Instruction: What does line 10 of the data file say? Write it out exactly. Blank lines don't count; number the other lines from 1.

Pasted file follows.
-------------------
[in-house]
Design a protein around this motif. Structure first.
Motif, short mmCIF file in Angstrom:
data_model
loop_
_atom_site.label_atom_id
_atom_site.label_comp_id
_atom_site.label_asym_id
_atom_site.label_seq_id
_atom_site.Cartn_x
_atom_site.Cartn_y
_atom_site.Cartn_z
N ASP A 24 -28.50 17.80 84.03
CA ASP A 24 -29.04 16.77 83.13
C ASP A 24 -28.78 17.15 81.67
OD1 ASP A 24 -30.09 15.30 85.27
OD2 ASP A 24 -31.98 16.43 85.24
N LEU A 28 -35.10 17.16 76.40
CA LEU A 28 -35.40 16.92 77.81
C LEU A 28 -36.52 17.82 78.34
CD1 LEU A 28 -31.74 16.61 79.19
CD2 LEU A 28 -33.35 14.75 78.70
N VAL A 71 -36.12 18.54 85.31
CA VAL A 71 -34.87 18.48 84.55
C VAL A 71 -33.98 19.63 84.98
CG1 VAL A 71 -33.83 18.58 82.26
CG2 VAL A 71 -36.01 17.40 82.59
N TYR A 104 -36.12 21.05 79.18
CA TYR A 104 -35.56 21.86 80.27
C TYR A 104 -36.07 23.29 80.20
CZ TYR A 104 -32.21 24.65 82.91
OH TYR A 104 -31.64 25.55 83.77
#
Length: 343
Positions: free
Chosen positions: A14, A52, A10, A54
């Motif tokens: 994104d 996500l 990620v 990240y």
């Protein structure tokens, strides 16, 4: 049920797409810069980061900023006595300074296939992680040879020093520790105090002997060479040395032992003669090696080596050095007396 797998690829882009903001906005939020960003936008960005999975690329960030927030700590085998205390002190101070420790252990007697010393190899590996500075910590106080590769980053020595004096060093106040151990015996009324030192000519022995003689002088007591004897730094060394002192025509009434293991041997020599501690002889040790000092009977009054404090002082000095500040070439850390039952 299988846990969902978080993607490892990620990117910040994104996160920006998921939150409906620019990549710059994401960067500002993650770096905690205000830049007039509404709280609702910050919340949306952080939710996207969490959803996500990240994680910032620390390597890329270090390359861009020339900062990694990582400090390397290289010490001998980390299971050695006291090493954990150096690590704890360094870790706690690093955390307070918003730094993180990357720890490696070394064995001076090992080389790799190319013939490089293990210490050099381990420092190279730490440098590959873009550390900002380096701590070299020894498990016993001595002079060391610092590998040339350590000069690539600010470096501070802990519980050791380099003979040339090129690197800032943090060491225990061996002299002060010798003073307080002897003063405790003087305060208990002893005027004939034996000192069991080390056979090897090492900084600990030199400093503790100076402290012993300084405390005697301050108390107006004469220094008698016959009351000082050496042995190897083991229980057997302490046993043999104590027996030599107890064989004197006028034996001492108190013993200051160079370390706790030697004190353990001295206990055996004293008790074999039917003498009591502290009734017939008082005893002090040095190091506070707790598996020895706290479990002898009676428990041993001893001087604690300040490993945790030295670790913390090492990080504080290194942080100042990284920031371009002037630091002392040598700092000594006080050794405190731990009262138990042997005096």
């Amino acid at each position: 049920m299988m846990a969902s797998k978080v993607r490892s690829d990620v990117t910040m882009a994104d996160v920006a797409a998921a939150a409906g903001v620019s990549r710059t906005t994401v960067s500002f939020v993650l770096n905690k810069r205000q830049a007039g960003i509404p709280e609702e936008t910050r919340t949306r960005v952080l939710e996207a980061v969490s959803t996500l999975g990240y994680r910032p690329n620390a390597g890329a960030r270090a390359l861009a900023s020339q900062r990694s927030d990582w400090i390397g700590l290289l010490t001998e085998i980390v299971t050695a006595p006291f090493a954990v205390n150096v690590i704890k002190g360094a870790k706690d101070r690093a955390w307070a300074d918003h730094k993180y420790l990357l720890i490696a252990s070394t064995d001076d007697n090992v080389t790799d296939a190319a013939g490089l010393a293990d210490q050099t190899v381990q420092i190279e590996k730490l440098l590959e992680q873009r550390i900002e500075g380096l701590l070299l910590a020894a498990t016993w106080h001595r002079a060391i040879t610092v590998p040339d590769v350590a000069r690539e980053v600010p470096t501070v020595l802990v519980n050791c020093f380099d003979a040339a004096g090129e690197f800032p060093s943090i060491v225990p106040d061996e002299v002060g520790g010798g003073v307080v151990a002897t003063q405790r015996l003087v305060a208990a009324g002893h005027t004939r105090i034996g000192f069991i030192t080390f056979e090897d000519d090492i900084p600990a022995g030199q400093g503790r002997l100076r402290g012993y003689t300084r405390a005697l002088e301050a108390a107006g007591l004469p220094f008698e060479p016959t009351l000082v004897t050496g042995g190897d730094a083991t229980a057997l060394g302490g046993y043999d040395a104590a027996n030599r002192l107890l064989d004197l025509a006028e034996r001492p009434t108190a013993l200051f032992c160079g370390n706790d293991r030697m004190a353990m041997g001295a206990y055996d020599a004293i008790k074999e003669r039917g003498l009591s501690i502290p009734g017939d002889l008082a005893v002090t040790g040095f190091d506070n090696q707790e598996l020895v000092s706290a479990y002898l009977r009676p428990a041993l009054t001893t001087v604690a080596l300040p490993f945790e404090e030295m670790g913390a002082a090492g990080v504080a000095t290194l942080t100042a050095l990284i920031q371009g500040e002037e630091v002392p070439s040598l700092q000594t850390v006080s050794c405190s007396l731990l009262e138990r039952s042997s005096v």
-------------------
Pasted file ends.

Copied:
_atom_site.Cartn_x